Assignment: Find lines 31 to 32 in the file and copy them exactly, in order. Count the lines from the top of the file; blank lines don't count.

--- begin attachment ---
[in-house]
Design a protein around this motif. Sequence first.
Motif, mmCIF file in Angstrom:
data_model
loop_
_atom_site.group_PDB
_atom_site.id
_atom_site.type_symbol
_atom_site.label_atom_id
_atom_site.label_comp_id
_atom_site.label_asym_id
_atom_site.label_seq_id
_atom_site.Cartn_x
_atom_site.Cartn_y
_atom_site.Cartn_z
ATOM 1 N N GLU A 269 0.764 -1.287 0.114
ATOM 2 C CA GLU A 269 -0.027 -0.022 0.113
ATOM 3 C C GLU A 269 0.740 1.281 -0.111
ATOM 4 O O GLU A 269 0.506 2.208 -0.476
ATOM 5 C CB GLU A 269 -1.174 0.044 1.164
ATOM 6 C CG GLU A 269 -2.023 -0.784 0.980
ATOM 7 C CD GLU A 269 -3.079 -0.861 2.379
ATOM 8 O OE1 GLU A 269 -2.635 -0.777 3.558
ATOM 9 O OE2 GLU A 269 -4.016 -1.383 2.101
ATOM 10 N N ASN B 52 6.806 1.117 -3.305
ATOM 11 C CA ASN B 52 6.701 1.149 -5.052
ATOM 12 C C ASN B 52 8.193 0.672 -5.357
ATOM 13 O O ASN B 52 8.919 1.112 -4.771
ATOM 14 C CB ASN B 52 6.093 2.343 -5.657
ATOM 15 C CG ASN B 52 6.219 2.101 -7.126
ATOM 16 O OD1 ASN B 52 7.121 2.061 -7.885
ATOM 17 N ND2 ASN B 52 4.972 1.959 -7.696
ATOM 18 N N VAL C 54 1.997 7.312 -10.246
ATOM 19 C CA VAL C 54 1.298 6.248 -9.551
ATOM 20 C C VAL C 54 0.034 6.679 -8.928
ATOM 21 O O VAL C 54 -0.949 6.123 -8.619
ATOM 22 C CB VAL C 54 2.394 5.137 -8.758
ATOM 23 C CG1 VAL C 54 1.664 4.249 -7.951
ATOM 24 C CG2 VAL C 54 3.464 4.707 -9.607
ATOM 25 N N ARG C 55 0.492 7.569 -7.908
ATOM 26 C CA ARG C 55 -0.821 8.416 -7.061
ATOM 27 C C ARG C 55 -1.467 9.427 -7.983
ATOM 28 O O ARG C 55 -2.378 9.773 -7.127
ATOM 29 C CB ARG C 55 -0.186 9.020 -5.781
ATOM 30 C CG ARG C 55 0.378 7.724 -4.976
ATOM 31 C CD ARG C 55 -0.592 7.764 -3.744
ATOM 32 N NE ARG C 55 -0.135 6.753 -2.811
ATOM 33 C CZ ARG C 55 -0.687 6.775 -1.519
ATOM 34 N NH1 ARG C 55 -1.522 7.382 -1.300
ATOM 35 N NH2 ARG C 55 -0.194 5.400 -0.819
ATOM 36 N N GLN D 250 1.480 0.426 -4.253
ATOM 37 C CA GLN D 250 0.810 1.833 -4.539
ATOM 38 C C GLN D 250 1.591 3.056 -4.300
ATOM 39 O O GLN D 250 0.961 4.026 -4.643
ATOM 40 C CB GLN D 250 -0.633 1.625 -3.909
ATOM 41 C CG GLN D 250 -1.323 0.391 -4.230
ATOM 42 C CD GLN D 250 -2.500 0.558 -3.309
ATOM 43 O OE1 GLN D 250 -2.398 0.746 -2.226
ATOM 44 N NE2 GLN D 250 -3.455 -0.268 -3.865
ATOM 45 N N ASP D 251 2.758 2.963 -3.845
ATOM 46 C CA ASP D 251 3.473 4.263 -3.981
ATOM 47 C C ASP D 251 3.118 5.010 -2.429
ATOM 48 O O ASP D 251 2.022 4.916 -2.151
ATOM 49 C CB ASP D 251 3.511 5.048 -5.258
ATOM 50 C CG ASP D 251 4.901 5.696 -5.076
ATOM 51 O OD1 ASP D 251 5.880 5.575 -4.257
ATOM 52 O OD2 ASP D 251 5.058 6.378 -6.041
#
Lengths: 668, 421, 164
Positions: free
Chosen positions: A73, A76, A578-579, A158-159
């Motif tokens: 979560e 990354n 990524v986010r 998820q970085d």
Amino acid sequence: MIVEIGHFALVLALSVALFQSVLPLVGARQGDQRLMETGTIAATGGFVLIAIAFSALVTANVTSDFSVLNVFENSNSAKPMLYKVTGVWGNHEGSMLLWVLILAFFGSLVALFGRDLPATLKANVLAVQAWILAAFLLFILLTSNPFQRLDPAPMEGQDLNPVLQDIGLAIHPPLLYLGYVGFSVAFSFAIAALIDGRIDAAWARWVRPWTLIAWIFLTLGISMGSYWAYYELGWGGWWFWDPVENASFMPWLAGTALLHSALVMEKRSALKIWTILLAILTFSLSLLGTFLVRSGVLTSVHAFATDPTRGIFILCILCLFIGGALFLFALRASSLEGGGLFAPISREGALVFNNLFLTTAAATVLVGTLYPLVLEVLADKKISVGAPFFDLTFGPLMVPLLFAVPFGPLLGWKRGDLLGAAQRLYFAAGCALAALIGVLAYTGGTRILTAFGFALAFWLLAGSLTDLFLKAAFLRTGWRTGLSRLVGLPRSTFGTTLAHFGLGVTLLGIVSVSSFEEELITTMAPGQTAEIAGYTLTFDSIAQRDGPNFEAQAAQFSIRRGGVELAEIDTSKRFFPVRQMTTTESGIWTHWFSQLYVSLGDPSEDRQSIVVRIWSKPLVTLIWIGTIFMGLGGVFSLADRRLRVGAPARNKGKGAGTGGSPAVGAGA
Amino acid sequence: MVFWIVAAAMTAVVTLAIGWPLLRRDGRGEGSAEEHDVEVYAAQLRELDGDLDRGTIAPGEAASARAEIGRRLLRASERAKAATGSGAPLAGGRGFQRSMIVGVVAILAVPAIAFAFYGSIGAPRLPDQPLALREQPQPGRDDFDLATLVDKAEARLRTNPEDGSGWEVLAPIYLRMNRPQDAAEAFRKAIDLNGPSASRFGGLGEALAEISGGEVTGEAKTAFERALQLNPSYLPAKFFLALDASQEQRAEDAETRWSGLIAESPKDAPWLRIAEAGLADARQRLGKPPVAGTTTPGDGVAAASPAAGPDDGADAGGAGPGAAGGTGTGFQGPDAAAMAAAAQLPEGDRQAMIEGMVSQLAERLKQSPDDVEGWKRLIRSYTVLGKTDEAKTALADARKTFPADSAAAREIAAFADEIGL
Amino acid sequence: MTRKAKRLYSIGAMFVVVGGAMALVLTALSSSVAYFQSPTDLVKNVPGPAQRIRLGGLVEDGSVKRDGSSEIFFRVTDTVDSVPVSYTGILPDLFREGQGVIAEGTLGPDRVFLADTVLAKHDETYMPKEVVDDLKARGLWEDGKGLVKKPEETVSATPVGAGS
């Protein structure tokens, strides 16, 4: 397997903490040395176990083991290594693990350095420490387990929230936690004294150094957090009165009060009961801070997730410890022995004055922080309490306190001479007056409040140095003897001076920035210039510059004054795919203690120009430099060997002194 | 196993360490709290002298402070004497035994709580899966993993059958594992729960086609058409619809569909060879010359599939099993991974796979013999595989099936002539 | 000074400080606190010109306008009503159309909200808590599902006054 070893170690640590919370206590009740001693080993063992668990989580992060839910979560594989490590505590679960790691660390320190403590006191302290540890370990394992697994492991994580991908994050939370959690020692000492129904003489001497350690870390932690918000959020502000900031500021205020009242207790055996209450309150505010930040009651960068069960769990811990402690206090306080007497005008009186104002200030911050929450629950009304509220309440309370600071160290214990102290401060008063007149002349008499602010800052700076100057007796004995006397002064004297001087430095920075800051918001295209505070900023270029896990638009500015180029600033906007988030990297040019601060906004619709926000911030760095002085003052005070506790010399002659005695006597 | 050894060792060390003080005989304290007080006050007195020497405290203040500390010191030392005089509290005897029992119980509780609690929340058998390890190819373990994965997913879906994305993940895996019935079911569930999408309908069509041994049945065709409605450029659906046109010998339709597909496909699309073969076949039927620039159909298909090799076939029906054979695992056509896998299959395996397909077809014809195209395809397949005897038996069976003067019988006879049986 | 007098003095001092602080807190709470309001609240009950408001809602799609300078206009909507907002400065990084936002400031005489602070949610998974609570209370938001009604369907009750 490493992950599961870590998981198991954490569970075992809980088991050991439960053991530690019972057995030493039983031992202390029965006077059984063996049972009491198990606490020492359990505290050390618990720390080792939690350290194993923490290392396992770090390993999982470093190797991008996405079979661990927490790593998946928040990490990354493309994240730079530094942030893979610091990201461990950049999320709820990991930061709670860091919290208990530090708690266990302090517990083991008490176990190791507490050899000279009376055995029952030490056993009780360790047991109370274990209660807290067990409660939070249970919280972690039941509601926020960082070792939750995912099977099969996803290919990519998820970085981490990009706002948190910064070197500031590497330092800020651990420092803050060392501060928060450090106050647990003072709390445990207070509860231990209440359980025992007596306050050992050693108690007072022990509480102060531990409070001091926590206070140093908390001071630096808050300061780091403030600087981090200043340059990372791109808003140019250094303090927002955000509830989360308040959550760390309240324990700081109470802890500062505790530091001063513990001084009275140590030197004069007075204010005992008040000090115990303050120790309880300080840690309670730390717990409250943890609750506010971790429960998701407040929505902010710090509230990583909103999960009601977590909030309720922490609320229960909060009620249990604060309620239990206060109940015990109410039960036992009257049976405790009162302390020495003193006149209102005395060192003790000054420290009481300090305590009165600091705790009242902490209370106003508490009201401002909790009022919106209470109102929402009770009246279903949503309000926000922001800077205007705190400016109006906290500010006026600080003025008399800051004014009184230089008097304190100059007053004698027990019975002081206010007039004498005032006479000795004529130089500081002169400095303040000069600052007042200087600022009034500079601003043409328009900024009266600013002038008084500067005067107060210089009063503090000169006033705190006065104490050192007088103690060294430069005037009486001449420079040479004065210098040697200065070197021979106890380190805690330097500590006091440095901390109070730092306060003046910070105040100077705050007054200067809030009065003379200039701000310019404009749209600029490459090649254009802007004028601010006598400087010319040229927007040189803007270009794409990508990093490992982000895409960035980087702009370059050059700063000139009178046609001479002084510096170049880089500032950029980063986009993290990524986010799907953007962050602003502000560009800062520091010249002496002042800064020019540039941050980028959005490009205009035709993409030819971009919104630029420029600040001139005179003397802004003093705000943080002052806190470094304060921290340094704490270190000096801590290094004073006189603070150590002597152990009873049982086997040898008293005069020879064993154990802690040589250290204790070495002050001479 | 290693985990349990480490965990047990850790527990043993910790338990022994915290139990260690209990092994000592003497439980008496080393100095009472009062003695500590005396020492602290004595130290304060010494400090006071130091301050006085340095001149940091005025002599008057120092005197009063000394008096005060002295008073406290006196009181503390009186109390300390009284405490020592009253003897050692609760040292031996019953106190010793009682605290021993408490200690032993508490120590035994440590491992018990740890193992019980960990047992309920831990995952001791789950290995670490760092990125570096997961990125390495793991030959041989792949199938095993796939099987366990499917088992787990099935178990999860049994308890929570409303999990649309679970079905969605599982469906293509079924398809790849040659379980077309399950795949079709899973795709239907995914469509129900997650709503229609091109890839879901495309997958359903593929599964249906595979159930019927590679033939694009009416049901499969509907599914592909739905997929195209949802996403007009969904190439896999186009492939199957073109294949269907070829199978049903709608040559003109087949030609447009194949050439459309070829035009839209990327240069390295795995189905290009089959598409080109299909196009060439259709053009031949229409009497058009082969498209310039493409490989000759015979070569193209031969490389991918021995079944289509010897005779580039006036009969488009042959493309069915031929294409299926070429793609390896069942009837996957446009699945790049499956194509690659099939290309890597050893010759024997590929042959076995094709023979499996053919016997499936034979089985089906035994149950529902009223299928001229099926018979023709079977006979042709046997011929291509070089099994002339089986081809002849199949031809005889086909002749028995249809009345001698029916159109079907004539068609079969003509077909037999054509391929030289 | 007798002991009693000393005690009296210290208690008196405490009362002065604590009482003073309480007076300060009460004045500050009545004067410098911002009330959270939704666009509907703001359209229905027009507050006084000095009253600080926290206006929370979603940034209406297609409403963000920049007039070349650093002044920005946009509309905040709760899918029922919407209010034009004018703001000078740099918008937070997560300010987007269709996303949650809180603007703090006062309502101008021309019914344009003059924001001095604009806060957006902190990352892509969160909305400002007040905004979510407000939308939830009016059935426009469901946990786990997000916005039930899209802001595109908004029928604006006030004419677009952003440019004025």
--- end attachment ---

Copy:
ATOM 16 O OD1 ASN B 52 7.121 2.061 -7.885
ATOM 17 N ND2 ASN B 52 4.972 1.959 -7.696